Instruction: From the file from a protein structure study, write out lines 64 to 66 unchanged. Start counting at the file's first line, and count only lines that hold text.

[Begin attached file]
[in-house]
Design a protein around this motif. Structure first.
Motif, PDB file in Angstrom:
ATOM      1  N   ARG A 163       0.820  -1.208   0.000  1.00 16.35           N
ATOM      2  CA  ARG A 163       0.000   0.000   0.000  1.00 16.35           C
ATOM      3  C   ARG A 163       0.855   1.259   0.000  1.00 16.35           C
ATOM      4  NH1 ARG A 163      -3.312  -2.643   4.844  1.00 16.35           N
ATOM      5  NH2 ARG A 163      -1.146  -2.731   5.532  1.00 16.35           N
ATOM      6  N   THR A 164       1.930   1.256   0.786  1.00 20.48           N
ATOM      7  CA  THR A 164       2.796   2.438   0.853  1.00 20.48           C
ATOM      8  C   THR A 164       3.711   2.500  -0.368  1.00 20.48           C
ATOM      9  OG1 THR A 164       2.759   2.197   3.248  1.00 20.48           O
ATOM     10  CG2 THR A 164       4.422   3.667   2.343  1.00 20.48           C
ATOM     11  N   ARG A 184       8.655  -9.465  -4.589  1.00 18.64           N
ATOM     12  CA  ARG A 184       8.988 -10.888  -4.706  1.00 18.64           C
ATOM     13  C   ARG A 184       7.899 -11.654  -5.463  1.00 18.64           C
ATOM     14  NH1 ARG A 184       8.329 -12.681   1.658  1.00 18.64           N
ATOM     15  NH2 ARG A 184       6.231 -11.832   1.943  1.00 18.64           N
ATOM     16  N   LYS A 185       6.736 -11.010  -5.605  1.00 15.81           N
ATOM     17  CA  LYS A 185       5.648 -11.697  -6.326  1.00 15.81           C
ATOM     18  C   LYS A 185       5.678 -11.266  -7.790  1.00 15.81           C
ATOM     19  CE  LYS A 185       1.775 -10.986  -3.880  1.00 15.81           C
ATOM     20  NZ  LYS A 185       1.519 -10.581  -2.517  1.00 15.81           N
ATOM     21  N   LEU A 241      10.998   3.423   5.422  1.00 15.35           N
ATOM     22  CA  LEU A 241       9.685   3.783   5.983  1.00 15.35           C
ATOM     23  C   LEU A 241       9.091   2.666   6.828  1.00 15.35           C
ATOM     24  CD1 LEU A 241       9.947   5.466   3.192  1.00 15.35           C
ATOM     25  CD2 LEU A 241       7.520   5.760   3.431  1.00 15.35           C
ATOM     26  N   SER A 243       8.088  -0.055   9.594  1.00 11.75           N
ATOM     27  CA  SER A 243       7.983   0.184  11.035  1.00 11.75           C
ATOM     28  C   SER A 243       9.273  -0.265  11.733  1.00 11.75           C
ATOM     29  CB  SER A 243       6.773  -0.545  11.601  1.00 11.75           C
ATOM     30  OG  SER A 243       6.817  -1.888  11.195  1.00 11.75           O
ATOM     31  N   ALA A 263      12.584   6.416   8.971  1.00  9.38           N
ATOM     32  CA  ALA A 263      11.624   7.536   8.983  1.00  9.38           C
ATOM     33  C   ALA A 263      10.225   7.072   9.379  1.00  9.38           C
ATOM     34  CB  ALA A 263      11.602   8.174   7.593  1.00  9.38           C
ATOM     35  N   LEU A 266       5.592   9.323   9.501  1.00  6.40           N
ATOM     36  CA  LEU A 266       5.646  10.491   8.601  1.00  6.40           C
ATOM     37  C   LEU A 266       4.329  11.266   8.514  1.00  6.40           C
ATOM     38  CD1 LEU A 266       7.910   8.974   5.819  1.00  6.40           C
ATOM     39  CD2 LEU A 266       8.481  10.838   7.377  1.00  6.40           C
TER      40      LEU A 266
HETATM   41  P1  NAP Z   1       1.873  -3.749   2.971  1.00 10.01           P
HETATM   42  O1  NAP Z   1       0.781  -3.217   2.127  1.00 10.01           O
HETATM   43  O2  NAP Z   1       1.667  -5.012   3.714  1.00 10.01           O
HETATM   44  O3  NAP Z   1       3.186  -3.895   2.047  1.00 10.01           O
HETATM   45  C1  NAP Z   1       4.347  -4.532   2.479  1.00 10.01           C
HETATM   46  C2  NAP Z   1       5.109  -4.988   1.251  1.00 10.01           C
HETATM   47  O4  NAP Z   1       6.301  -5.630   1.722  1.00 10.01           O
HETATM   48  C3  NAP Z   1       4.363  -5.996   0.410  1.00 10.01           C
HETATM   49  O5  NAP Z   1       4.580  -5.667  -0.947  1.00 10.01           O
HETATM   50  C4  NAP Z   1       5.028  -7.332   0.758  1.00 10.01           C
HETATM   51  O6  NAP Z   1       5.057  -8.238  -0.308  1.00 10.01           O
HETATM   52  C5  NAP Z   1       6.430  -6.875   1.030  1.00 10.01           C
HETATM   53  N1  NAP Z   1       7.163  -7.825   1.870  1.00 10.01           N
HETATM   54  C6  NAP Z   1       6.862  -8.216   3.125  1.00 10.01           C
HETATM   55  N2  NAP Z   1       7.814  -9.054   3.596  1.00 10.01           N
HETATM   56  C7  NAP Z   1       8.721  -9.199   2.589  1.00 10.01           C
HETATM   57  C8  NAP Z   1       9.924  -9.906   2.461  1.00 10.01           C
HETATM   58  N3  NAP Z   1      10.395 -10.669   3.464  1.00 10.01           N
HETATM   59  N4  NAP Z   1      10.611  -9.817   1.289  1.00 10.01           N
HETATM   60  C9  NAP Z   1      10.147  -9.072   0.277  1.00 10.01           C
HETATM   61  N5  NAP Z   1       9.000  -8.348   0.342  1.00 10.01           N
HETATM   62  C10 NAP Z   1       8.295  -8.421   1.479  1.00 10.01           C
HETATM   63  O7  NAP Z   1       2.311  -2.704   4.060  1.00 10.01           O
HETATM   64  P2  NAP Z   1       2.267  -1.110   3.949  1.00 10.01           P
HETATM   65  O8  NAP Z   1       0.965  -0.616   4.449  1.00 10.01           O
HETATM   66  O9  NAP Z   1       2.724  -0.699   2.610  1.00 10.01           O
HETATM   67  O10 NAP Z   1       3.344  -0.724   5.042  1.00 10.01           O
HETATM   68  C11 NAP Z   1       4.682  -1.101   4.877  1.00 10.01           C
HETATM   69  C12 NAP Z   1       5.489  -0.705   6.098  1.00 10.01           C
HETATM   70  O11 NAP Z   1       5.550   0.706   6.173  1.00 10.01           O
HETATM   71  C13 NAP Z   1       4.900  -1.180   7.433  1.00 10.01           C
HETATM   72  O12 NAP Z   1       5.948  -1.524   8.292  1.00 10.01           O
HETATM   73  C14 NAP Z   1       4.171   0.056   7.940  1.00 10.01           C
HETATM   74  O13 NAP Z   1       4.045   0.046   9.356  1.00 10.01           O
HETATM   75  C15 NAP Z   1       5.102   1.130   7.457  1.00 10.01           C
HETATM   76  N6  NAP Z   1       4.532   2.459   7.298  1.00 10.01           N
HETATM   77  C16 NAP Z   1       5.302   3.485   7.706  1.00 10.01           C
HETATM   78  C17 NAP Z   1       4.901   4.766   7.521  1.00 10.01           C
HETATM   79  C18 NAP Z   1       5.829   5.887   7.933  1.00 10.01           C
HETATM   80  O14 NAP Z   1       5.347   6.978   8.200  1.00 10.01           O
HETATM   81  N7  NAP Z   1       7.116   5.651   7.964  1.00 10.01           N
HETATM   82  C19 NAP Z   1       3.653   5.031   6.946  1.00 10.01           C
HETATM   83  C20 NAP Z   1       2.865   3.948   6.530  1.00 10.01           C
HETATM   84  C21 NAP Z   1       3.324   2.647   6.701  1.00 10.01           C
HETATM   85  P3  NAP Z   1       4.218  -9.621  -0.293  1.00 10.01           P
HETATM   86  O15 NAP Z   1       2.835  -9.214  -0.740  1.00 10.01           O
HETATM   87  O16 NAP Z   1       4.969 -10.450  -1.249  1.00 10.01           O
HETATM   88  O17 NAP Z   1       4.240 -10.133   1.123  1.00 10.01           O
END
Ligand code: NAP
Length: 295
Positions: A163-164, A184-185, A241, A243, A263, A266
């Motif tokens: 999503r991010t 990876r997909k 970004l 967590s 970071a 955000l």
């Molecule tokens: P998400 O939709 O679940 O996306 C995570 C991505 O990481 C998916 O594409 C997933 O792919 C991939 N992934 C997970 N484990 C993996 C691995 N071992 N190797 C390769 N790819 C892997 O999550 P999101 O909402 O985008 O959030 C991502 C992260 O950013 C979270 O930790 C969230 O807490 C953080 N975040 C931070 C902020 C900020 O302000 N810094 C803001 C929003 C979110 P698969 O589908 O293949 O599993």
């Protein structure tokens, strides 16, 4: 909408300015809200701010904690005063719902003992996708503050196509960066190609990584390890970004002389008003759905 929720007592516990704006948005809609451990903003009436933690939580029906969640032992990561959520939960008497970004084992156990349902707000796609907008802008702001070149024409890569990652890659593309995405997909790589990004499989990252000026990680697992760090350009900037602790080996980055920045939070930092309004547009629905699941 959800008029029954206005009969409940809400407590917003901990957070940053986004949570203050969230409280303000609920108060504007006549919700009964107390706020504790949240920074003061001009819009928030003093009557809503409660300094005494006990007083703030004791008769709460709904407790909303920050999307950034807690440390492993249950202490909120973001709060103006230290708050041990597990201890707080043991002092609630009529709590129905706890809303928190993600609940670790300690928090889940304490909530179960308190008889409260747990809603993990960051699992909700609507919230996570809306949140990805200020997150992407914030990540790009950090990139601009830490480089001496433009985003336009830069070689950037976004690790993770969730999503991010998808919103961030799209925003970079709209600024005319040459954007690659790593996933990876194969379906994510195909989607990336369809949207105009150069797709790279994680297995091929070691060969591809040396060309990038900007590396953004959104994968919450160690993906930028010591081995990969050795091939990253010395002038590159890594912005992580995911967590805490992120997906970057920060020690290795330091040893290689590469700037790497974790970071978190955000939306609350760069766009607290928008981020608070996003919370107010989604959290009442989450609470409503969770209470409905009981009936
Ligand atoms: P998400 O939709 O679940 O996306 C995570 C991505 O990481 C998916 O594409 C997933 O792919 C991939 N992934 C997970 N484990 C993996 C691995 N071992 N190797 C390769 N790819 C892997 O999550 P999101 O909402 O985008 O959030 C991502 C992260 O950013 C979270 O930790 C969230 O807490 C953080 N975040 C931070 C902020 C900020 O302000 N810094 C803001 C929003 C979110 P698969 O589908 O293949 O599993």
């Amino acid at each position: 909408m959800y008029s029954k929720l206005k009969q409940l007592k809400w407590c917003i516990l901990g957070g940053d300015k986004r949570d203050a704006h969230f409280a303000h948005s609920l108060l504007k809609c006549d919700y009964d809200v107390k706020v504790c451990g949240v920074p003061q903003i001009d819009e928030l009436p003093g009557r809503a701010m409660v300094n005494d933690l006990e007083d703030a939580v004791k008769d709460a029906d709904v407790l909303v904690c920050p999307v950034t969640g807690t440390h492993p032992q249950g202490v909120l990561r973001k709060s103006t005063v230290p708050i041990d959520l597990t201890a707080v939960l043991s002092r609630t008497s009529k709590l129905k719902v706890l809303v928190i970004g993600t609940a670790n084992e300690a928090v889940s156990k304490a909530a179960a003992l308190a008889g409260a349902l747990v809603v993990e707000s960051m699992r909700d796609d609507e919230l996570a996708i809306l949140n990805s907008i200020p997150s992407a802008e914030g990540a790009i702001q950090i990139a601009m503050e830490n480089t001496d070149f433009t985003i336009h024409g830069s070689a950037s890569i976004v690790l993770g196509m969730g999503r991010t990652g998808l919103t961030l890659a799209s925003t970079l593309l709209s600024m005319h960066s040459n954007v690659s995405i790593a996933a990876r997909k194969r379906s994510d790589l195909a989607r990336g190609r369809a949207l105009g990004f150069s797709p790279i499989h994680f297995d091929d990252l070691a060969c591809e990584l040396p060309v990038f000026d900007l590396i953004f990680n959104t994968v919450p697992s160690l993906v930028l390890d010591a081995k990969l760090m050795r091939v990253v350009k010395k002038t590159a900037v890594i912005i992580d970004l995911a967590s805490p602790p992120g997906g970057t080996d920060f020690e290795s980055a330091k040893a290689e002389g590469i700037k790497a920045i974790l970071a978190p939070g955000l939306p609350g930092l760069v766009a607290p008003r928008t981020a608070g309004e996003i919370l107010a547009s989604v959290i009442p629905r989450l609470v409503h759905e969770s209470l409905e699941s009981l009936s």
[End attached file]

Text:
HETATM   61  N5  NAP Z   1       9.000  -8.348   0.342  1.00 10.01           N
HETATM   62  C10 NAP Z   1       8.295  -8.421   1.479  1.00 10.01           C
HETATM   63  O7  NAP Z   1       2.311  -2.704   4.060  1.00 10.01           O